WASHINGTON – Never mind the old centrist talk of George W. Bush (search) as a compassionate conservative or the new centrist talk of John Kerry (search) as a nuanced lawmaker who always sees both sides. In action, these men represent the core of their parties, or at least enough of it to offer voters crisp choices in the fall.
With the Democratic primary race decided, Kerry can be expected to edge away from the rhetoric his party's activists on the left most want to hear, and engage President Bush in a great battle for the middle. Already, he's begun branding some of his plans as a middle-class tax cut, and on Wednesday he rolled out a "tax fairness" package.
But when the dust settles, it will remain a good bet that income taxes will be lower overall in a Bush administration than in a Kerry one, that Kerry will do more to push for health insurance than the Republican, and that the social issues of the day will be tackled along familiar ideological lines no matter who wins.
Take abortion. Kerry says flatly he'll only nominate Supreme Court justices who agree with his views in favor of abortion rights. Bush, who's had no Supreme Court vacancies to fill, opposes most abortion rights and has a record of putting forward conservative judges for lower benches.
The choices are distinct right down the alphabet, to Social Security (search) if not beyond. Partially privatize the retirement program? Yes, says Bush. No, says Kerry. No maybes there.
And sentiments that seem close on the surface may in fact be a gulf.
Both are against gay marriage, but Bush wants to amend the Constitution to ban it while Kerry would go most of the distance in granting gay couples the civil rights of marriage, if not the certificate.
For all that, there is no perfect predictor of the actual choices Americans have, because much is driven by circumstance.
There is no knowing where America would be, and what the president would be doing, absent the terrorist attacks that transformed priorities, brought on war and spawned the expanded federal bureaucracy that is the Homeland Security Department.
Recession ruins economic assumptions that candidates use in saying how they will pay for what they want to do.
And the Republican objection to gay marriage, couched in language defining marriage as a union of man and woman, sat quietly in the party platform, alongside other shelved items put there for the benefit of the GOP's activist right, until courts and civic officials defied the status quo and prompted Bush to call for the constitutional ban.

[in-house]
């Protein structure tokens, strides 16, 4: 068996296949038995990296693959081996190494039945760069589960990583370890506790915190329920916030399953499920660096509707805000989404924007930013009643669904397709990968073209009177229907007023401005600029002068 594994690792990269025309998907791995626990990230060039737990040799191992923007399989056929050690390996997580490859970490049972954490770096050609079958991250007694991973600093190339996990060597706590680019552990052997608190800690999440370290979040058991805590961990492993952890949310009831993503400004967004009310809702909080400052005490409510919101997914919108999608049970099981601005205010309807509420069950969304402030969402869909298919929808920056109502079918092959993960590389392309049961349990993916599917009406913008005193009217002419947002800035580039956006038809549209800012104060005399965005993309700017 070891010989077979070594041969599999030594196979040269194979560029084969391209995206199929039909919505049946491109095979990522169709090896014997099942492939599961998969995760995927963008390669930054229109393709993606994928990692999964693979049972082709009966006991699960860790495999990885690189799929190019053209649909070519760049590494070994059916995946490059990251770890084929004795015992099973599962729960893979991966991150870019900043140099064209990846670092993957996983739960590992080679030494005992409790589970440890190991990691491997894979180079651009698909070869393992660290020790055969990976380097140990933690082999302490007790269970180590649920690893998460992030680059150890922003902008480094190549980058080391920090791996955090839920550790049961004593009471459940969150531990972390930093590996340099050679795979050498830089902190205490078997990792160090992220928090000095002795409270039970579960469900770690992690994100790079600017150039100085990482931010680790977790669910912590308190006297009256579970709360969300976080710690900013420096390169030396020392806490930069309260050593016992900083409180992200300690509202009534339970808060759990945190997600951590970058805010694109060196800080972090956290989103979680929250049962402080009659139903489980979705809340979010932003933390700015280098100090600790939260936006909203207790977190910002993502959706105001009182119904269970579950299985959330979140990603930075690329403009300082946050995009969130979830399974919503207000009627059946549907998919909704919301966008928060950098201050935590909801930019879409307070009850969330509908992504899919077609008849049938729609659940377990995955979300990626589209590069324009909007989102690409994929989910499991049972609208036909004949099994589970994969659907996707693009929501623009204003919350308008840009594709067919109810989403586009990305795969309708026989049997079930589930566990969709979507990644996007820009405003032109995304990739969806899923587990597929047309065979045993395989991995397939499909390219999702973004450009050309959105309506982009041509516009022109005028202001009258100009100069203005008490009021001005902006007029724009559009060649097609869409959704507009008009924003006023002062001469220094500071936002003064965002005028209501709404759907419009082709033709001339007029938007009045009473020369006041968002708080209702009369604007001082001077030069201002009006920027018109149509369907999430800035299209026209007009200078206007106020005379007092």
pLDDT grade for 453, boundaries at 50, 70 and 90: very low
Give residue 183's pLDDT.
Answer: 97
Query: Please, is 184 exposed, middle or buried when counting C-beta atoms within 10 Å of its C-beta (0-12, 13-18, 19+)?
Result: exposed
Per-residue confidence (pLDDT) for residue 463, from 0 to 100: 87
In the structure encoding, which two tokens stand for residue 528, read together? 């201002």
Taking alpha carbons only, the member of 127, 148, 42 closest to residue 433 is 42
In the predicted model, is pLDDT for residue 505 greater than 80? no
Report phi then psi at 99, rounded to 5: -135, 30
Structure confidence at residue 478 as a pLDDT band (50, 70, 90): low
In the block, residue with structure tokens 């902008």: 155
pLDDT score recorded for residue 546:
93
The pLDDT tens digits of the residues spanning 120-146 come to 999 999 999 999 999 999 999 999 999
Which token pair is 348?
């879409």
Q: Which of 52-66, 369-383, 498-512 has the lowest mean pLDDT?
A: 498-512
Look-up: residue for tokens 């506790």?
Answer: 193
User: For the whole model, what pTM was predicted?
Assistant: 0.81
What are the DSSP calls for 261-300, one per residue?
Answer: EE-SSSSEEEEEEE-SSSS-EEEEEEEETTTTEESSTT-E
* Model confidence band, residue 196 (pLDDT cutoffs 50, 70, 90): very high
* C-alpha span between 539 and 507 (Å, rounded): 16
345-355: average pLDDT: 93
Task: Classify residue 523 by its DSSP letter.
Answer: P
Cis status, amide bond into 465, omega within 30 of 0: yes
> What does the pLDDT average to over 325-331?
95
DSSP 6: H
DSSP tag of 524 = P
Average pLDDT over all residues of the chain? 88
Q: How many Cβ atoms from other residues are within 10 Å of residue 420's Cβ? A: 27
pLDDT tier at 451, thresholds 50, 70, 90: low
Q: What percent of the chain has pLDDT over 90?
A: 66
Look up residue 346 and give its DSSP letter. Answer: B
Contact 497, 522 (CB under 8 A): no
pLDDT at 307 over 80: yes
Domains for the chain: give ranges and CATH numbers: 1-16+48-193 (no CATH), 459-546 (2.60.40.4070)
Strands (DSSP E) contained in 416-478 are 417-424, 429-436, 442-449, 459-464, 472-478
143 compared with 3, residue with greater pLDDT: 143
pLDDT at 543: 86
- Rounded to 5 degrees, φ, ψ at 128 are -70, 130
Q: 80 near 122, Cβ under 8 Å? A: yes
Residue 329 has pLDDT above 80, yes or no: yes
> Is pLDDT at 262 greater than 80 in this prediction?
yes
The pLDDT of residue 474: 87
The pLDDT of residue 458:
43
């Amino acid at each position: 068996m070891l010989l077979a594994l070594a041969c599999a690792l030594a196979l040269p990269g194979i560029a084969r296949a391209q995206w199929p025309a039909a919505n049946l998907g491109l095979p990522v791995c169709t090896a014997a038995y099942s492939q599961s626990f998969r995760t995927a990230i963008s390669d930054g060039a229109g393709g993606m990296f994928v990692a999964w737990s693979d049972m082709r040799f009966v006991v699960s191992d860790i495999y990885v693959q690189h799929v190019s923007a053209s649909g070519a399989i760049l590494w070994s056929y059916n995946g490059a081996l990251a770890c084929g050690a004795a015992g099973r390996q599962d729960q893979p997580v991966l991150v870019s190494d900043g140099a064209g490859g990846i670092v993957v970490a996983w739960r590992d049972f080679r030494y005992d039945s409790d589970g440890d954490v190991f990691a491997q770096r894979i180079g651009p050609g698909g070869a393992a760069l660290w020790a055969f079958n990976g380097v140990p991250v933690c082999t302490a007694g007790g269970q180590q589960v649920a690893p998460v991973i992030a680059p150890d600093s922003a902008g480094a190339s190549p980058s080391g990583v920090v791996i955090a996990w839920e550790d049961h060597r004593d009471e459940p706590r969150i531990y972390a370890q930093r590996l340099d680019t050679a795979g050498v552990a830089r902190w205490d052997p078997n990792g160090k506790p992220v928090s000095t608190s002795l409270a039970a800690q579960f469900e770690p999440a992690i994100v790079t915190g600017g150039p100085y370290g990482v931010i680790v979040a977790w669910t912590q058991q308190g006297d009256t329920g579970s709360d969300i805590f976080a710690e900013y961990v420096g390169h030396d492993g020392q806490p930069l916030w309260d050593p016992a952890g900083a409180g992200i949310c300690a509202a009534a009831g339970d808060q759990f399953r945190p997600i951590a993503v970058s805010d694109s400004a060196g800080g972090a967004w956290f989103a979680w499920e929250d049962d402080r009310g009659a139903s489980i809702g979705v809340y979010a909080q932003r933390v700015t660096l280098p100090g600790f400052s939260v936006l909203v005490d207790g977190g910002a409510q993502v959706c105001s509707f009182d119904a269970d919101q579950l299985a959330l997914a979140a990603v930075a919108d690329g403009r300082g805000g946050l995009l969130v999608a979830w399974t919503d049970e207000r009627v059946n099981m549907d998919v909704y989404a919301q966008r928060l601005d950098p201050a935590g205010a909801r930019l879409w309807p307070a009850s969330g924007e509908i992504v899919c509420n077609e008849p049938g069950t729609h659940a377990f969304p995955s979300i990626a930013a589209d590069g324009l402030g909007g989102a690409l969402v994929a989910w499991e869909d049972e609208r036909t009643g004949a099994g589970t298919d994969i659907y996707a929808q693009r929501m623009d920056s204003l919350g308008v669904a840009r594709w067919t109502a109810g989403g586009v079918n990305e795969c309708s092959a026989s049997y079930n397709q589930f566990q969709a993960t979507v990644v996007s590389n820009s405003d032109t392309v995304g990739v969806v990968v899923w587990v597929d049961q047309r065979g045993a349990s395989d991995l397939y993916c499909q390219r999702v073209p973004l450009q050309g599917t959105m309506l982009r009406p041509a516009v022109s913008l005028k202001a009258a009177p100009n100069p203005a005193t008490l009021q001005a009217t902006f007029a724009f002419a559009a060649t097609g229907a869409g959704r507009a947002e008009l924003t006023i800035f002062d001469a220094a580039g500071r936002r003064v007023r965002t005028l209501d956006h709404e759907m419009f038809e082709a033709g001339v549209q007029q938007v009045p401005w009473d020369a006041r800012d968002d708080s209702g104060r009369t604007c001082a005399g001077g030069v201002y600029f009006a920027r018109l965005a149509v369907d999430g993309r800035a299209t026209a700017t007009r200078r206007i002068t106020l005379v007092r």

As for Kerry, he brings a 19-year voting record to the table as a Massachusetts senator. But his forte has been in investigating malfeasance, not in crafting legislation, and only so much can be read into votes when calculating what he would do as president.
"The problem with him is that he's never been an executive, so you don't know ... how he actually comes down and makes a decision," said Elaine Kamarck, a Harvard professor who advised Democrat Al Gore's 2000 presidential campaign. "By the time you get to a vote, things are pretty washed over."
Even so, Kerry has not often strayed from mainstream Democratic thinking, or what Kamarck calls the "Clintonian consensus" — the shaded liberalism of Bill Clinton that made room for certain principles associated with the right, such as tough stands on defense, crime and the budget.
"My sense is Kerry would move the country in a very different direction than Bush has," said Brown University political scientist Darrell West. "There's a pretty clear choice for Americans in terms of the role that government would play."
Both commit billions to health care but in different ways. Bush's answer to the growing number of uninsured comes in the name of helping individuals make a choice — letting them set up tax-favored medical savings accounts, for example, and giving them subsidized alternatives to Medicare under the new prescription drug program for the elderly.
Kerry faults the drug benefit, saying it will deprive the elderly of choice by steering them away from Medicare. He stops well short of a government-run universal insurance system but proposes to expand affordable coverage with an ambitious series of subsidies and tax incentives geared to children, the unemployed, small businesses and others.
Similarly on the environment, Bush looks largely to the market to create opportunities to reduce greenhouse gases, run cleaner cars and develop the technology to reduce other forms of pollution without constraining the economy.
Kerry hews closer to regulation of industry and to the negotiation of international treaties, while also proposing to spend heavily on clean technology. He holds out the possibility — but not, notably, the promise — of joining the Kyoto global warming treaty rejected by Bush.
On education, Kerry supported the overhaul of school standards promoted by Bush and backed by both parties in Congress. But now he questions a centerpiece of the reforms, saying students, parents and schools are chafing under a regimen that places too much emphasis on test scores for measuring student achievement. And he says Bush hasn't put nearly enough money into the new system.
He would raise taxes on the rich by revoking the portion of the Bush tax cuts that went to those making over $200,000. On Wednesday he pitched his plans for health insurance and tuition tax credits as a deeper tax cut for middle-income Americans than anything Bush gave them.